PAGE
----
To help improve the regulation for credit unions, the letter suggests expanding the ceiling on the debt to income ratio beyond the current 43 percent limit. Members of the subcommittee echoed some other concerns raised in the letter. There was broad consensus on both sides of the aisle that community-based financial institutions should not be harmed by the "ability to repay" rule as currently written. Specifically, members raised concerns about the 3 percent cap on points and fees and asked questions about the debt-to-income ratio established in the rule. The cap could potentially harm those participating in relationship banking.

Members of the subcommittee also discussed how this rule would interface with existing regulations. The CUNA letter also raised this point: "Examiners may be critical of credit unions and assess their CAMEL ratings accordingly if credit unions do not make mortgages that meet the qualified mortgage standards. We believe credit unions should retain the flexibility they currently have to either hold a loan in portfolio or sell it on the second mortgage market based on the needs of the credit union to manage its assets and obligations."

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GlobeUrging FASB to Drop Credit Impairment Plan

A Financial Accounting Standards Board (FASB) proposal that would change the methodology for recognizing credit impairment would be detrimental to the credit union system and could have serious, unintended consequences for borrowers and the economy, CUNA and GCUA warned in their comment letters, urging the accounting board to abandon the plan. The FASB proposal is "the most critical regulatory concern credit unions have faced in quite some time, including rules or proposals that have been issued under the Dodd-Frank Wall Street Reform and Consumer Protection Act," CUNA President/CEO Bill Cheney underscored in a letter to the board.

The FASB has proposed an accounting standards update regarding financial reporting of expected credit losses on loans and other financial assets held by financial institutions, including credit unions. The proposed model would utilize a single "expected loss" measurement for the recognition of credit losses. It would replace the multiple existing impairment models in U.S. generally accepted accounting principles that generally use an "incurred loss" approach. Under the proposal, the reporting entity would be required to estimate the cash flows that it does not expect to collect, using all available information, including historical experience and forecasts about the future. There are serious questions whether the proposal will achieve the FASB's stated objectives and also questions how the proposal will be reconciled with the proposed approach from the International Accounting Standards Board. Click here to read the GCUA comment letter and the CUNA comment letter. Stay tuned!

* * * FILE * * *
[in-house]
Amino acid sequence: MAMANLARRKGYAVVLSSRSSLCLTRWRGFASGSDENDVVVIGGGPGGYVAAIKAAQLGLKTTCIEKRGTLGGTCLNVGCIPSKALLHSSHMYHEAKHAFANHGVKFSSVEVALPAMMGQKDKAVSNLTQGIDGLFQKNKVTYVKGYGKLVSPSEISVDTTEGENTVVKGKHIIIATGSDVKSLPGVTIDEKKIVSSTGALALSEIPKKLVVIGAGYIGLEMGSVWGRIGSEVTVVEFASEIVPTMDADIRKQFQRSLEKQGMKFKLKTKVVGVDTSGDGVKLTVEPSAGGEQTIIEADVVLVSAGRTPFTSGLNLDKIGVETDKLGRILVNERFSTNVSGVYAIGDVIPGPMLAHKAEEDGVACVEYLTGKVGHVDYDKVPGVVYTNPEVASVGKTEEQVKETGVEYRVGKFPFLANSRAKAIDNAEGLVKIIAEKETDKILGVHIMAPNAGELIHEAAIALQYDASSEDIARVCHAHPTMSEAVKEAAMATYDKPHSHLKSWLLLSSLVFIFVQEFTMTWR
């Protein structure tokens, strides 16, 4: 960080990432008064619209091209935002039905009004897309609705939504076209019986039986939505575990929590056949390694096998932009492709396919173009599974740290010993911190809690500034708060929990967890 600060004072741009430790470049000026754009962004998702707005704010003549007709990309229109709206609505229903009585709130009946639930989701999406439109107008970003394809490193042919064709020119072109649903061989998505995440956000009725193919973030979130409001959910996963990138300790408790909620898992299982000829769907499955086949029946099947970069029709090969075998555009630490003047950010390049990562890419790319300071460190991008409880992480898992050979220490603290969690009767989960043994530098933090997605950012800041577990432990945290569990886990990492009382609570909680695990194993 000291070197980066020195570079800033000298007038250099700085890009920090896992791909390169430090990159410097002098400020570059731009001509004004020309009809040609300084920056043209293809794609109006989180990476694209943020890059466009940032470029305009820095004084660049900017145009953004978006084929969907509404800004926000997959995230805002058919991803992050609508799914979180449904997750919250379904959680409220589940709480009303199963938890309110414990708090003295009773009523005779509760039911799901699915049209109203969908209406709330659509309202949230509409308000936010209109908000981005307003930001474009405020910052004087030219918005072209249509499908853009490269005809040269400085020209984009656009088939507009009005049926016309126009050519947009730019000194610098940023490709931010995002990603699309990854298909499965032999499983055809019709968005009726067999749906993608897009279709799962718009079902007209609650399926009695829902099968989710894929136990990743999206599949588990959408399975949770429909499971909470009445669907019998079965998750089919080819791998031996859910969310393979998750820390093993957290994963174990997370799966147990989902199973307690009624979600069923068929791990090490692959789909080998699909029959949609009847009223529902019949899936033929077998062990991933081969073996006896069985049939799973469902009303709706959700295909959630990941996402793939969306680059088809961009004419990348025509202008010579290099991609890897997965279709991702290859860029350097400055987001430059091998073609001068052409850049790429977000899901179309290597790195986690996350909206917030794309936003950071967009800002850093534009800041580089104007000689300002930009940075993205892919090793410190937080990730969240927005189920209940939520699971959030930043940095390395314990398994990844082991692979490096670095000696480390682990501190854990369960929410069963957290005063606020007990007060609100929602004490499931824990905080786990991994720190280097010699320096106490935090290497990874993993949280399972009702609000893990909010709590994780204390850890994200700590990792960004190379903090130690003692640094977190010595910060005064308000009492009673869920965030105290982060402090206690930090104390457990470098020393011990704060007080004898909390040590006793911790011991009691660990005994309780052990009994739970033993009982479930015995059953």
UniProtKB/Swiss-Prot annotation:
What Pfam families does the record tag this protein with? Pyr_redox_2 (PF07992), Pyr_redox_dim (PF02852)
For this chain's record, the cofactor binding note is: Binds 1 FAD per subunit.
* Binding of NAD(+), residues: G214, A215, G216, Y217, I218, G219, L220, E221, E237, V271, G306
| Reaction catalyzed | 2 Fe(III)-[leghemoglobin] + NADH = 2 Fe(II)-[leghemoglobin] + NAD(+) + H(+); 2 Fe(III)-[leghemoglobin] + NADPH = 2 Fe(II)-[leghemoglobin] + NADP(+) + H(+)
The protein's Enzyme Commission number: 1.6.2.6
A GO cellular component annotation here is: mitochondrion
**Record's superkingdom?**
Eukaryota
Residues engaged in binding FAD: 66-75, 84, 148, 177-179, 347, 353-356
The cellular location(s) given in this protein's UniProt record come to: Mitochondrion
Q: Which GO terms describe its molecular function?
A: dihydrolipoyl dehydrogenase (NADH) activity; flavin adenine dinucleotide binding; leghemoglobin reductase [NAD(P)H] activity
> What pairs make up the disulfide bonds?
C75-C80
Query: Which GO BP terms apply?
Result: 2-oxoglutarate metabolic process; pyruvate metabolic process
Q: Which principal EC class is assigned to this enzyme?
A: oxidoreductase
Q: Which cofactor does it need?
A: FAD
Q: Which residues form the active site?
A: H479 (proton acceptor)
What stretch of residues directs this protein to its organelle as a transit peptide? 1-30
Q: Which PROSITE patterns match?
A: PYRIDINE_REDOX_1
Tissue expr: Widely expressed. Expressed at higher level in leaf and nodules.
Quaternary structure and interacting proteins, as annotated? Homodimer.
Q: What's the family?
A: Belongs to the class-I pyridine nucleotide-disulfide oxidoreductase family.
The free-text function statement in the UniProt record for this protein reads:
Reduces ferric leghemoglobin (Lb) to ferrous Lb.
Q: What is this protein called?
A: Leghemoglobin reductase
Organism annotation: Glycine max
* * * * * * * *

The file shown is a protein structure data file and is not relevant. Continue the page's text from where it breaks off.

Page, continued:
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NCUA logoNCUA Lifts Arrowhead Central CU Conservatorship

The announcement that control of the once-conserved Arrowhead Central CU has been returned to its members "is a positive step for the credit union, and a positive sign of the continued improvements in the economy and the credit union system.” Arrowhead is the first credit union since 2007 to emerge from conservatorship.

NCUA took the 116,000 member, $755 million-in-assets credit union into conservatorship in June 2010. At that time, Arrowhead's net worth ratio had fallen to 3 percent. The agency said NCUA staff, a new leadership team and a 10-member advisory board worked together to strengthen Arrowhead's loan underwriting standards, control costs and restore net worth. The credit union recently reported a net worth ratio of 10.5 percent, quarterly net income of $5.6 million, and membership of more than 116,000.